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Abstract

Worldwide 1.24 million deaths occur annually due to road traffic injuries. Additionally, 20-50 million are injured or disabled. Similarly, within the Gulf Cooperation Council countries injury and mortality due to road traffic injury are high. In the State of Qatar, for example, the road traffic fatality rate for the year 2010 is estimated to be 14 per 100,000. Young adult males are disproportionately affected. Road safety risk factor laws namely, seat belt use, driving under the influence of alcohol, helmet use and speed management exist in Qatar but enforcement is lax. An additional new risk factor causing distraction while driving and causing road traffic injury and fatalities is the use of mobile phone whilst driving a vehicle. Currently, in Qatar baseline national data pertaining to seat belt and mobile phone use among drivers is not available. We have thus conducted an observational study to estimate the prevalence of these two variables among vehicle drivers in Doha. Additionally, we will examine and present the associations between phone and seat belt use, and variables such as the gender of the driver, type of vehicle and the time of the day during which the observations were made. Furthermore, policy implications of the study findings will be discussed. Acknowledgement: This work is supported by the Biomedical Research Program at Weill Cornell Medical College in Qatar, a program funded by Qatar Foundation.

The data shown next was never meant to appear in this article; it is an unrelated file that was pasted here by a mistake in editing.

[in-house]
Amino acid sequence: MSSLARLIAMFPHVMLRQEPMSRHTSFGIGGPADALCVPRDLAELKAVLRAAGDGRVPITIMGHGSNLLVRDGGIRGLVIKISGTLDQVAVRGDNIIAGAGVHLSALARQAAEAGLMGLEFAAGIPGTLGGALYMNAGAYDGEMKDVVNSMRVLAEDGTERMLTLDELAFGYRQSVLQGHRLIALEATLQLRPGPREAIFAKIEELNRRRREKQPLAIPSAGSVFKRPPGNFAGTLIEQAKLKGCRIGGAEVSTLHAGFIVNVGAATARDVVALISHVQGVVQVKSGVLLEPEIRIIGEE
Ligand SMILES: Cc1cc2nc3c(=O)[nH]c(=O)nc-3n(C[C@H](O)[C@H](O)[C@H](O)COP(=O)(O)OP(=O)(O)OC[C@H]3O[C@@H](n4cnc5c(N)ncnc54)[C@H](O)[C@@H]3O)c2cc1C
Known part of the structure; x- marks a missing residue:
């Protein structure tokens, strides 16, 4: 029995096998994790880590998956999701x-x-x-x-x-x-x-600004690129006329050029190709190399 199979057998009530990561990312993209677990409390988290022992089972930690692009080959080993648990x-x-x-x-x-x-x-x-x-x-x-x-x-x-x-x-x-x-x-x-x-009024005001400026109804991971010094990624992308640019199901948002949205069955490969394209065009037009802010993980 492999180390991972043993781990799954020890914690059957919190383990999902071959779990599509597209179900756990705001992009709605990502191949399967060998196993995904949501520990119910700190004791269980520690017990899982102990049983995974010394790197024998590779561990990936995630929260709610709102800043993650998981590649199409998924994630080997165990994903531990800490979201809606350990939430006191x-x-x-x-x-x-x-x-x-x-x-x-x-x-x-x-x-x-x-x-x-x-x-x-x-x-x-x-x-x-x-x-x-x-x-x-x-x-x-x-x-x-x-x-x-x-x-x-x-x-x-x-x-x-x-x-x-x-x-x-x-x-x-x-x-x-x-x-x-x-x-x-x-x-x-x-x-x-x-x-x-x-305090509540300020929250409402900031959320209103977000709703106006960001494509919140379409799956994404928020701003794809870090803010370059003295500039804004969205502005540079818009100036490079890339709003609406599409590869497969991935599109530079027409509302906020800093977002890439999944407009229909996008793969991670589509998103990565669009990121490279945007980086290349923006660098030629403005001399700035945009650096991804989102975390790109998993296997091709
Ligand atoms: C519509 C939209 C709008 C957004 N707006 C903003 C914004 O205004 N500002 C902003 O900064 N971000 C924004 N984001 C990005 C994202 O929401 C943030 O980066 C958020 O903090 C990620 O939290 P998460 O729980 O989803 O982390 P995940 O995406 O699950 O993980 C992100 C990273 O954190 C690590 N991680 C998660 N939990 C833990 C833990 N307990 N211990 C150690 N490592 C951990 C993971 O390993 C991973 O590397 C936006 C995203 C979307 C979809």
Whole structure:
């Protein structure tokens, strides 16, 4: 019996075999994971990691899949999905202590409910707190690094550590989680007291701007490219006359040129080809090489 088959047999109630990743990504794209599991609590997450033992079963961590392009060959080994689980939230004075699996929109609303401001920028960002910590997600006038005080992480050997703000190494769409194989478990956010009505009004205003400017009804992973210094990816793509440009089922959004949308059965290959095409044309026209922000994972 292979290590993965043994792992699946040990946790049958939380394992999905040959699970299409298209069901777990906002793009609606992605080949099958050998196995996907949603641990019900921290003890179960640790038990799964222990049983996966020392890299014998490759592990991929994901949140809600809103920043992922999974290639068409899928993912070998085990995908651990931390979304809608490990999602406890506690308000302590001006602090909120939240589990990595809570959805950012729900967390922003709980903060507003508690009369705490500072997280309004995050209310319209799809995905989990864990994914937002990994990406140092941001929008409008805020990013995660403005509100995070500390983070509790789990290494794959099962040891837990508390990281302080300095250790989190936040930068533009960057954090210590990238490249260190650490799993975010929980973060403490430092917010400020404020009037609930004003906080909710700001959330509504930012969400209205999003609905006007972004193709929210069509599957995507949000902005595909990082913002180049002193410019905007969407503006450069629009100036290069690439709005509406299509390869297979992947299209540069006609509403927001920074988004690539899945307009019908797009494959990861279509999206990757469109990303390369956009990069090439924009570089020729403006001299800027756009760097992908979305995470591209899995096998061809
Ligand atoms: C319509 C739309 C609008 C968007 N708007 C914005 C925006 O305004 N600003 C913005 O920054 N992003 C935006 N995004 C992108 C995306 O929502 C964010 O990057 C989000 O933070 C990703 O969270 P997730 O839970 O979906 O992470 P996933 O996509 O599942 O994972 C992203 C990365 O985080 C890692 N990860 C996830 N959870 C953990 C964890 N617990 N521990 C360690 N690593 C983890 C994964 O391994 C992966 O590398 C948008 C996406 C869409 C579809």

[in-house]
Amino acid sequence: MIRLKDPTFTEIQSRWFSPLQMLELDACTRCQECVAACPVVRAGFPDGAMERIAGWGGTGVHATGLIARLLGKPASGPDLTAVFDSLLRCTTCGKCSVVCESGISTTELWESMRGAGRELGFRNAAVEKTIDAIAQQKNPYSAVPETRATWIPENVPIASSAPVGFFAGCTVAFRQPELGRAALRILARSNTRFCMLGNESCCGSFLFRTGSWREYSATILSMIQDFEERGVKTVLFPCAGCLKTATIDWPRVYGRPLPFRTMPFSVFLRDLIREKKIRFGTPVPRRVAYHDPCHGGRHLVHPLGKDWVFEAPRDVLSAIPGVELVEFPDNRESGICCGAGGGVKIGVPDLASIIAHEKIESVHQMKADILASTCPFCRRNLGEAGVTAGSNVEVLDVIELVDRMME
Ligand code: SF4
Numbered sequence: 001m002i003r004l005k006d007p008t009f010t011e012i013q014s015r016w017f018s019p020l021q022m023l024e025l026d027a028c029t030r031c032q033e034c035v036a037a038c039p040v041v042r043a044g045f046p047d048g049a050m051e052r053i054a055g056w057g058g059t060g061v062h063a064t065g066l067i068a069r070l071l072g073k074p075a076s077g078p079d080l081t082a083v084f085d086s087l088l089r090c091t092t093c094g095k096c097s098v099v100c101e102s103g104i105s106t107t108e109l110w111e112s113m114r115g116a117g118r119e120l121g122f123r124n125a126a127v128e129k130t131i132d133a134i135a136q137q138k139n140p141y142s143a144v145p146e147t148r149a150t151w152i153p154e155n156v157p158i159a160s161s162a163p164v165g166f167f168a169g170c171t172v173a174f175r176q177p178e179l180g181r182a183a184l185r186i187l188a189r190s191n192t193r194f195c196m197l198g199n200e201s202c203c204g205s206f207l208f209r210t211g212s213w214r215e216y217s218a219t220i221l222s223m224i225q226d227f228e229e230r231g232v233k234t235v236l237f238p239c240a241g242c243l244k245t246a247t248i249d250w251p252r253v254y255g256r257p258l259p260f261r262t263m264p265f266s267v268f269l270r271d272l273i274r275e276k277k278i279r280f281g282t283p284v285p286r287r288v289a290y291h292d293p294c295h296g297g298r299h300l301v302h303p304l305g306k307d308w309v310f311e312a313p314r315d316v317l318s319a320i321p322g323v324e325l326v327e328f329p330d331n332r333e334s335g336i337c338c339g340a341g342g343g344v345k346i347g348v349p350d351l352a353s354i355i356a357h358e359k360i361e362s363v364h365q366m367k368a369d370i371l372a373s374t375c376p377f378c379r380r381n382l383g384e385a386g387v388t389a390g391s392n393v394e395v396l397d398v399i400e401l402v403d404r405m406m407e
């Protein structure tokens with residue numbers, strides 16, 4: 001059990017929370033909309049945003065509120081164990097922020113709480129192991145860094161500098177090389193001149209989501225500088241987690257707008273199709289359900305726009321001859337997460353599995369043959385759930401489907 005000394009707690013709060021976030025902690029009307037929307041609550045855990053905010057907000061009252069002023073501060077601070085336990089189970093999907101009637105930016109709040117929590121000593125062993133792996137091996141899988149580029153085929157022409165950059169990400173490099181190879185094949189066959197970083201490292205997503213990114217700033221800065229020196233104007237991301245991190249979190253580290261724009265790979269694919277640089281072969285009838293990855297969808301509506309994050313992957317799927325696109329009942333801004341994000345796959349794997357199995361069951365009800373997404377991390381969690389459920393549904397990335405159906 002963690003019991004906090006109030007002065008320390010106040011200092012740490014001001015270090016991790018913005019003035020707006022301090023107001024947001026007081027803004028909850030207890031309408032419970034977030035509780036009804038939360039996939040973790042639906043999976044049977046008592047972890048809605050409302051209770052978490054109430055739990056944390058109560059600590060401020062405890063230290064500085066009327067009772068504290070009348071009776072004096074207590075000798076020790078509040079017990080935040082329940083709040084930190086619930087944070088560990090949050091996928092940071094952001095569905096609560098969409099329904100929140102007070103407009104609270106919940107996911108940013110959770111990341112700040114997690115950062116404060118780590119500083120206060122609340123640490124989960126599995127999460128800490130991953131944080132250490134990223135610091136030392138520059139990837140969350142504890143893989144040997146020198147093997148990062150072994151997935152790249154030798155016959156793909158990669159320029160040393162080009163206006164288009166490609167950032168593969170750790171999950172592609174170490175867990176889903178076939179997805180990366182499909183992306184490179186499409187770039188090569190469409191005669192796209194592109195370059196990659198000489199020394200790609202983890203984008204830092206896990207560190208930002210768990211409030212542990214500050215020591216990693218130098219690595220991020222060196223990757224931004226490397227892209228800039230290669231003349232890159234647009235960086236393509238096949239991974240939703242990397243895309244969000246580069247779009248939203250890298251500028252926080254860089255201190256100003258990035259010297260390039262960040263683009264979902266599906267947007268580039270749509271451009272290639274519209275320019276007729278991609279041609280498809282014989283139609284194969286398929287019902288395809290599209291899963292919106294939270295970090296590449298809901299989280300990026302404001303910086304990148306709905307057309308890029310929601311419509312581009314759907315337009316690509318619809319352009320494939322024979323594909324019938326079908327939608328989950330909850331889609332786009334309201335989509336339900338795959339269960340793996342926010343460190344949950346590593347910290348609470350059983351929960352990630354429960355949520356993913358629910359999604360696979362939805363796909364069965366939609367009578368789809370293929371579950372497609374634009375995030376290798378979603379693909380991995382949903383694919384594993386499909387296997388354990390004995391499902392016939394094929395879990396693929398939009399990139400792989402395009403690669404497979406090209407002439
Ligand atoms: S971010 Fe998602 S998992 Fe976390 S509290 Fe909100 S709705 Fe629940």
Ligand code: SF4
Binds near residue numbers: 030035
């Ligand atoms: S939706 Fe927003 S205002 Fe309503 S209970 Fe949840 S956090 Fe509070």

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/content/papers/10.5339/qfarc.2014.HBPP0077
2014-11-18
2020-01-26
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http://instance.metastore.ingenta.com/content/papers/10.5339/qfarc.2014.HBPP0077
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